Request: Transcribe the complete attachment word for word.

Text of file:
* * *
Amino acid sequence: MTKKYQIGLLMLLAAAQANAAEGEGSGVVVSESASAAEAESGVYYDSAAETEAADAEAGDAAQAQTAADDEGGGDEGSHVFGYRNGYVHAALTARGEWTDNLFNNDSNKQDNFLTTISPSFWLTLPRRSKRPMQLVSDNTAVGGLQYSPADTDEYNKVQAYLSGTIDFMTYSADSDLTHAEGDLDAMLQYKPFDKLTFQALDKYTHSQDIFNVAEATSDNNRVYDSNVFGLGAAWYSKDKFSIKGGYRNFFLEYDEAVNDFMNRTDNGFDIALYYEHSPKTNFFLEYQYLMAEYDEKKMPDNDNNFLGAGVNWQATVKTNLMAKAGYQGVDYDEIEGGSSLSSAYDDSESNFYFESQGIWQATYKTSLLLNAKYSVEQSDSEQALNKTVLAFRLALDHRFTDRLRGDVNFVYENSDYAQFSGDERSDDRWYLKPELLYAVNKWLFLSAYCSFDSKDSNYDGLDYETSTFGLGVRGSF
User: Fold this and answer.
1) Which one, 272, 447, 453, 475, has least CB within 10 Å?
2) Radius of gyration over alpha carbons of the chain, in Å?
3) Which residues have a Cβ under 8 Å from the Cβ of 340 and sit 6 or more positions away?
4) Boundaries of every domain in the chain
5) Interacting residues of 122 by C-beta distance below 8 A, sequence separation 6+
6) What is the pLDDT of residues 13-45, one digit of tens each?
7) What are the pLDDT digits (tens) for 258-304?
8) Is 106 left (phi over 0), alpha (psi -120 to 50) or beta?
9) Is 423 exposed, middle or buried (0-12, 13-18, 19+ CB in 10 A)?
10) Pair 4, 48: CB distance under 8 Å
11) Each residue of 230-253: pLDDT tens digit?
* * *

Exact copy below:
Amino acid sequence: MTKKYQIGLLMLLAAAQANAAEGEGSGVVVSESASAAEAESGVYYDSAAETEAADAEAGDAAQAQTAADDEGGGDEGSHVFGYRNGYVHAALTARGEWTDNLFNNDSNKQDNFLTTISPSFWLTLPRRSKRPMQLVSDNTAVGGLQYSPADTDEYNKVQAYLSGTIDFMTYSADSDLTHAEGDLDAMLQYKPFDKLTFQALDKYTHSQDIFNVAEATSDNNRVYDSNVFGLGAAWYSKDKFSIKGGYRNFFLEYDEAVNDFMNRTDNGFDIALYYEHSPKTNFFLEYQYLMAEYDEKKMPDNDNNFLGAGVNWQATVKTNLMAKAGYQGVDYDEIEGGSSLSSAYDDSESNFYFESQGIWQATYKTSLLLNAKYSVEQSDSEQALNKTVLAFRLALDHRFTDRLRGDVNFVYENSDYAQFSGDERSDDRWYLKPELLYAVNKWLFLSAYCSFDSKDSNYDGLDYETSTFGLGVRGSF
User: Fold this and answer.
1) Which one, 272, 447, 453, 475, has least CB within 10 Å?
2) Radius of gyration over alpha carbons of the chain, in Å?
3) Which residues have a Cβ under 8 Å from the Cβ of 340 and sit 6 or more positions away?
4) Boundaries of every domain in the chain
5) Interacting residues of 122 by C-beta distance below 8 A, sequence separation 6+
6) What is the pLDDT of residues 13-45, one digit of tens each?
7) What are the pLDDT digits (tens) for 258-304?
8) Is 106 left (phi over 0), alpha (psi -120 to 50) or beta?
9) Is 423 exposed, middle or buried (0-12, 13-18, 19+ CB in 10 A)?
10) Pair 4, 48: CB distance under 8 Å
11) Each residue of 230-253: pLDDT tens digit?